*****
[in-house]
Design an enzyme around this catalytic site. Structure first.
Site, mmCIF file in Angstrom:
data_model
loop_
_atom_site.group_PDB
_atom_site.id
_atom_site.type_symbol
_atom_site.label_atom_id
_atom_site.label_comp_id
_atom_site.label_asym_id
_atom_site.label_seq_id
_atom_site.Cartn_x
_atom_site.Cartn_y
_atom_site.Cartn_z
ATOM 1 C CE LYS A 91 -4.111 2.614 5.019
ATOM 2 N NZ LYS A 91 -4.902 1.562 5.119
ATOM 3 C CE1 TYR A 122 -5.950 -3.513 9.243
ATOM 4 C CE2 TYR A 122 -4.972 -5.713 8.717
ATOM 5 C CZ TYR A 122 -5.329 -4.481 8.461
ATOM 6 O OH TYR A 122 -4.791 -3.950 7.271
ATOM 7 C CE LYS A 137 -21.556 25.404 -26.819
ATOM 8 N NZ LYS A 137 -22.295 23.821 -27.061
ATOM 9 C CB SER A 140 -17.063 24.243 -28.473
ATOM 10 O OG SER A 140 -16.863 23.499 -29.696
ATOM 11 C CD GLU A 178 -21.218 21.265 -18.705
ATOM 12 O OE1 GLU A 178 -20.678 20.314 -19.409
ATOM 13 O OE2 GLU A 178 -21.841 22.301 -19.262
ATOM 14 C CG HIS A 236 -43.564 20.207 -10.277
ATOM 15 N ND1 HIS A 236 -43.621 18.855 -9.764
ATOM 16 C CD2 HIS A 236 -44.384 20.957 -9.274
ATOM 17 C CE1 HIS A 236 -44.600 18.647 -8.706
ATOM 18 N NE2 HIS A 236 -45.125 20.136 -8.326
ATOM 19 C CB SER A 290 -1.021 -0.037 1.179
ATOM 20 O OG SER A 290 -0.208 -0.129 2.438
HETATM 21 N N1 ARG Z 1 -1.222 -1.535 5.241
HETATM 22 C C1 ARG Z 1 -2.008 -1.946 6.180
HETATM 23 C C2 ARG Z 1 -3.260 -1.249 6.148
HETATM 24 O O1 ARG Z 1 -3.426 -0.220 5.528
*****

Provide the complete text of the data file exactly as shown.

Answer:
[in-house]
Design an enzyme around this catalytic site. Structure first.
Site, mmCIF file in Angstrom:
data_model
loop_
_atom_site.group_PDB
_atom_site.id
_atom_site.type_symbol
_atom_site.label_atom_id
_atom_site.label_comp_id
_atom_site.label_asym_id
_atom_site.label_seq_id
_atom_site.Cartn_x
_atom_site.Cartn_y
_atom_site.Cartn_z
ATOM 1 C CE LYS A 91 -4.111 2.614 5.019
ATOM 2 N NZ LYS A 91 -4.902 1.562 5.119
ATOM 3 C CE1 TYR A 122 -5.950 -3.513 9.243
ATOM 4 C CE2 TYR A 122 -4.972 -5.713 8.717
ATOM 5 C CZ TYR A 122 -5.329 -4.481 8.461
ATOM 6 O OH TYR A 122 -4.791 -3.950 7.271
ATOM 7 C CE LYS A 137 -21.556 25.404 -26.819
ATOM 8 N NZ LYS A 137 -22.295 23.821 -27.061
ATOM 9 C CB SER A 140 -17.063 24.243 -28.473
ATOM 10 O OG SER A 140 -16.863 23.499 -29.696
ATOM 11 C CD GLU A 178 -21.218 21.265 -18.705
ATOM 12 O OE1 GLU A 178 -20.678 20.314 -19.409
ATOM 13 O OE2 GLU A 178 -21.841 22.301 -19.262
ATOM 14 C CG HIS A 236 -43.564 20.207 -10.277
ATOM 15 N ND1 HIS A 236 -43.621 18.855 -9.764
ATOM 16 C CD2 HIS A 236 -44.384 20.957 -9.274
ATOM 17 C CE1 HIS A 236 -44.600 18.647 -8.706
ATOM 18 N NE2 HIS A 236 -45.125 20.136 -8.326
ATOM 19 C CB SER A 290 -1.021 -0.037 1.179
ATOM 20 O OG SER A 290 -0.208 -0.129 2.438
HETATM 21 N N1 ARG Z 1 -1.222 -1.535 5.241
HETATM 22 C C1 ARG Z 1 -2.008 -1.946 6.180
HETATM 23 C C2 ARG Z 1 -3.260 -1.249 6.148
HETATM 24 O O1 ARG Z 1 -3.426 -0.220 5.528